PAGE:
guidelines are based on new research that shows introducing
peanuts into an infant’s diet can prevent the development of
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In February 2015, the NIH published results from a
clinical trial which compared consumption and avoidance
of peanuts in over 600 infants. The “LEAP study” findings
suggested that introducing peanut products into the diets of
infants who were at high risk (defined as having eczema
and/or egg allergy) was safe, and regular consumption from
infancy until the age of five led to an 81 percent reduction
in the development of a peanut allergy.
“The study clearly showed that introduction of peanut early
in life significantly lowered the risk of developing peanut
allergy by age 5,” Dr. Daniel Rotrosen, director of NIAID’s
Division of Allergy, Immunology and Transplantation, stated
in the NIH report.
are three separate guidelines according to an infant’s risk
for developing a peanut allergy.
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The risk of developing a peanut allergy is linked to having
eczema and/or an egg allergy, so these are the two criteria
researchers used for infants in the landmark LEAP study which
is the backbone for the guidelines. “It’s possible that there
are other risk groups but all we know now is that infants
with eczema and/or egg allergy seem to benefit the most from
early introduction,” Togias says.
The guidelines are as follows:
Guideline 1: Infants at high risk of developing a
peanut allergy because they already have severe eczema, egg
allergy or both, should have peanut-containing foods
introduced into their diets as early as 4–6 months of age.
Guideline 2: Infants with mild or moderate eczema
should have peanut-containing foods introduced into their
diets around 6 months of age.
Guideline 3: Infants without eczema or any food
allergy should have peanut-containing foods freely introduced
(whenever) into their diets.
In all cases, infants should start eating other solid foods
before they get introduced to peanut-containing foods, the
report states. Families should also introduce peanuts
according to their own cultural needs or food customs, Togias
says, so the form of peanut can vary.
new guidelines replace the previous recommendation from the
American Academy of Pediatrics (AAP), which said families
should not expose high-risk infants to peanuts until
the age of three.
Actually, the concept of promoting early ingestion is nearly
a complete reversal of the
AAP guidelines published in 2000. However, Togias says
AAP was one of the members of the coordinating committee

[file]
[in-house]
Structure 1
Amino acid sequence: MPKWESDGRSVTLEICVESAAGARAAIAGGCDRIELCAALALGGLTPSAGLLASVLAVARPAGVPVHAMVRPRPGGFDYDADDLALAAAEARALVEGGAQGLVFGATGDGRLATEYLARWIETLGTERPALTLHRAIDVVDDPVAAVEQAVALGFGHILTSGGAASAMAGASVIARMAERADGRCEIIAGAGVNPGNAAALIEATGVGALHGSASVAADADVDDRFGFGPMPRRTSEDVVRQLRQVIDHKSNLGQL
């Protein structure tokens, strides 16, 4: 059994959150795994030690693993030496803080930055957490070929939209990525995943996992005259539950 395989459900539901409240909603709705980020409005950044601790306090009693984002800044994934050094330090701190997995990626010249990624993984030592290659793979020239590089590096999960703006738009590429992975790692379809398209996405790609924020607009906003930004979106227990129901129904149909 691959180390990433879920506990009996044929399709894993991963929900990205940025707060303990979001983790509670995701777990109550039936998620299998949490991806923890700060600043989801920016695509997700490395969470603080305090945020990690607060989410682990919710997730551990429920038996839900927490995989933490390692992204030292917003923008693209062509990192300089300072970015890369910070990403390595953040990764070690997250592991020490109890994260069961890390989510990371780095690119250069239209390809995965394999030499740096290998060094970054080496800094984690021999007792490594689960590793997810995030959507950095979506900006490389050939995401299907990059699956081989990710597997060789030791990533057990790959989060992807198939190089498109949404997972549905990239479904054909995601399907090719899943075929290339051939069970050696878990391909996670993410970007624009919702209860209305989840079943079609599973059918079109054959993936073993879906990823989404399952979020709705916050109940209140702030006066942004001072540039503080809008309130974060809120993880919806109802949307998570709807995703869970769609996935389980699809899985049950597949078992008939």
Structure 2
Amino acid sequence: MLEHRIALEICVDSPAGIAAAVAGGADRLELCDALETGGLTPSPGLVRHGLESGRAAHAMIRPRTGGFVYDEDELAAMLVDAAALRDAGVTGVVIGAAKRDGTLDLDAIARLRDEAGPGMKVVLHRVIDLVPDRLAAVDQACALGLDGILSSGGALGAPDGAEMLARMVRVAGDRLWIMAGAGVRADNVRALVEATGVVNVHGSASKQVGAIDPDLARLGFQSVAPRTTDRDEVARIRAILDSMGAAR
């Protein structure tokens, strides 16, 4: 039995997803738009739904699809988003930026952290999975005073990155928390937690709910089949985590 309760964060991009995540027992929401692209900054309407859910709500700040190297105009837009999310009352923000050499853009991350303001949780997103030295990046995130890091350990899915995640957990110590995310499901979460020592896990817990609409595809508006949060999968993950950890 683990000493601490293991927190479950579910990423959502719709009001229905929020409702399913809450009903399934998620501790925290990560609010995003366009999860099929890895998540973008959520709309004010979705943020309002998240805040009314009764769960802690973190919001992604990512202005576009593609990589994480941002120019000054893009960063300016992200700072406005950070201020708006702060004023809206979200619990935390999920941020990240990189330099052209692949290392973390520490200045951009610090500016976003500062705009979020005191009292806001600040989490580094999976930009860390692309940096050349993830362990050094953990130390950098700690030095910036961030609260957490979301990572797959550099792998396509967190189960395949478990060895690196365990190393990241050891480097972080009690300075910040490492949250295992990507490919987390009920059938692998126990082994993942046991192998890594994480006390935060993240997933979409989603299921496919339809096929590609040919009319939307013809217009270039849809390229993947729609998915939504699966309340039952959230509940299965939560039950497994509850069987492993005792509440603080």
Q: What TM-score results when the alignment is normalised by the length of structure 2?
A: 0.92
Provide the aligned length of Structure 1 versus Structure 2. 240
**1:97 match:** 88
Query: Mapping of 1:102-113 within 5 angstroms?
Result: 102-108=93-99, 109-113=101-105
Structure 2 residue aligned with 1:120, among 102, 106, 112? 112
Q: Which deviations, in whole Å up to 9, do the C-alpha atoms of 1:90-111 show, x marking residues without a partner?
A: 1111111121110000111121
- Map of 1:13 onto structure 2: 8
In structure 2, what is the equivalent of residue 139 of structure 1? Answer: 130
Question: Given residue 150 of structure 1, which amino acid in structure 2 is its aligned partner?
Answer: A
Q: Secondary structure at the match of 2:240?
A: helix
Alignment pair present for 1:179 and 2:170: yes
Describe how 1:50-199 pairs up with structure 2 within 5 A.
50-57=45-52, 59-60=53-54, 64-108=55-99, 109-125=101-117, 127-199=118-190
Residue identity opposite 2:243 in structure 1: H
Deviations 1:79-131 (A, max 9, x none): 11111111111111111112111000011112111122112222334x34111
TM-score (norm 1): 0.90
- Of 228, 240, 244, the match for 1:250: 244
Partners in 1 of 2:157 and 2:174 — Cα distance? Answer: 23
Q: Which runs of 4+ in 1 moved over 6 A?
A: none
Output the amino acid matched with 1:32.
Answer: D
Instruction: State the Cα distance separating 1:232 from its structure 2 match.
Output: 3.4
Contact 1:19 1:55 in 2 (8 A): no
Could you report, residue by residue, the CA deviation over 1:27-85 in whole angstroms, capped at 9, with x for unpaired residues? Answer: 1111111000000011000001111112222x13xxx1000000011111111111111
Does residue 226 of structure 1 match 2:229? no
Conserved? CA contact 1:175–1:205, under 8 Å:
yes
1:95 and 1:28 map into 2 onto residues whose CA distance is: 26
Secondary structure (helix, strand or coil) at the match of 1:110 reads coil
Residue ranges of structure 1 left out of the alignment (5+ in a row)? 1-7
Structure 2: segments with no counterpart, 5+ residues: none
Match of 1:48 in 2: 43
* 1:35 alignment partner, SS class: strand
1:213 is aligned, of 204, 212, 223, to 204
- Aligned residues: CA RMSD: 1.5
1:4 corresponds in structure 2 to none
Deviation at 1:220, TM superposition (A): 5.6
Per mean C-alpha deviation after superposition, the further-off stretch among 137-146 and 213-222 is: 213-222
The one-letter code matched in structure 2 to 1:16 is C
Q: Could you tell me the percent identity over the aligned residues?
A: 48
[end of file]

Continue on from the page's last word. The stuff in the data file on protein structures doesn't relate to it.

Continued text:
of the new guidelines, and they are in full support of
adopting them for use among pediatricians.
allergies are a growing health problem, and there is no
treatment or cure.
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Currently, 2% of chlidren in the US have a peanut allergy. A
develops a peanut allergy when they get exposed to
peanuts and their body makes antibodies which attach to
immune cells. The next time that person eats peanuts, it
triggers an immune response that can result in a severe or
life-threatening allergic reaction (anaphylaxis).
Scientists are still investigating why some people develop
severe allergies and others don’t, but the new findings on
prevention are a big step forward. “The most common theory is
that at a very young age, the immune system is still
developing its ability to recognize what’s bad and what’s
not, so early introduction helps the immune system get
acquainted,” Togias says.
“Preventing the development of peanut allergy will improve
and save lives and lower healthcare costs,” NIH director Dr.
Anthony Fauci states in the report.
People who live with a peanut allergy and their caregivers
must be constantly vigilant and avoid any foods or
environments where they could be exposed to peanuts.
Additionally, many of those same people have had to cope with
last year’s price increase of the
EpiPen, a lifesaving injection to treat anaphylaxis.
The guidelines are targeted at healthcare providers, like
pediatricians or family practice physicians, who can work
with parents to introduce peanut-containing foods to infants.
Researchers hope this new practice will ultimately prevent
the development of a peanut allergy in susceptible children
and lower the prevalence of peanut allergies in the US.
“Even if we can cut the current rate of 2% in half, then we
have a huge number of children who get protection from a
lifelong, unfortunate allergy,” Togias says.